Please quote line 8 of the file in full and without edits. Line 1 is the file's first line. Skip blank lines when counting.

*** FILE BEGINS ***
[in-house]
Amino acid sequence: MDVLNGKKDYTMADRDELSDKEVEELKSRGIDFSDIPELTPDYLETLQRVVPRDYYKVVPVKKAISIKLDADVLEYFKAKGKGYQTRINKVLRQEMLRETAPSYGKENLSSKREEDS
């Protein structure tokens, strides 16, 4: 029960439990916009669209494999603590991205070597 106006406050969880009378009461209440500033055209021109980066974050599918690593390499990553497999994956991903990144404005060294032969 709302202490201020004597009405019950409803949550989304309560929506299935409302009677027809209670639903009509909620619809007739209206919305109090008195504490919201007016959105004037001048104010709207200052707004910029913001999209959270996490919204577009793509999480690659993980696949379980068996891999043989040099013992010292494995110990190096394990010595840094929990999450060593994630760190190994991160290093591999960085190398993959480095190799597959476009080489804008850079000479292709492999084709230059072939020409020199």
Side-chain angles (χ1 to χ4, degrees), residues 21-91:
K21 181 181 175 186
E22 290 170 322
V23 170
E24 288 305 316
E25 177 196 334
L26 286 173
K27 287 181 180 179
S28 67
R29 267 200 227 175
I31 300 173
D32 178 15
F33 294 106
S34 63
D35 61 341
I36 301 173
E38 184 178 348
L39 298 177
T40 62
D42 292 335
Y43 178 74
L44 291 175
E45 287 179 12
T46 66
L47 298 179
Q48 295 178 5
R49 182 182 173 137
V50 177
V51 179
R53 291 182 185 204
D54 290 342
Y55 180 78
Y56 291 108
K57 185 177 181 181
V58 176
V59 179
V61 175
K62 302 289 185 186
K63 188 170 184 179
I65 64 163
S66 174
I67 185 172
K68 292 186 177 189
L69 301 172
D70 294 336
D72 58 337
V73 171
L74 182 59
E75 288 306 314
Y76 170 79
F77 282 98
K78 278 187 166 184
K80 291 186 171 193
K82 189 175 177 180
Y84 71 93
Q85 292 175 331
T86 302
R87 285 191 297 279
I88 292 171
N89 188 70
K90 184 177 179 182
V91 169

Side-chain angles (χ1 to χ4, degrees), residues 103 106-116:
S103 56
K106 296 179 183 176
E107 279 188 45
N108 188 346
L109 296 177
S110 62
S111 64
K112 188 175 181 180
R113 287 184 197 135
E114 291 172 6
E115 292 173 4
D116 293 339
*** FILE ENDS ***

E24 288 305 316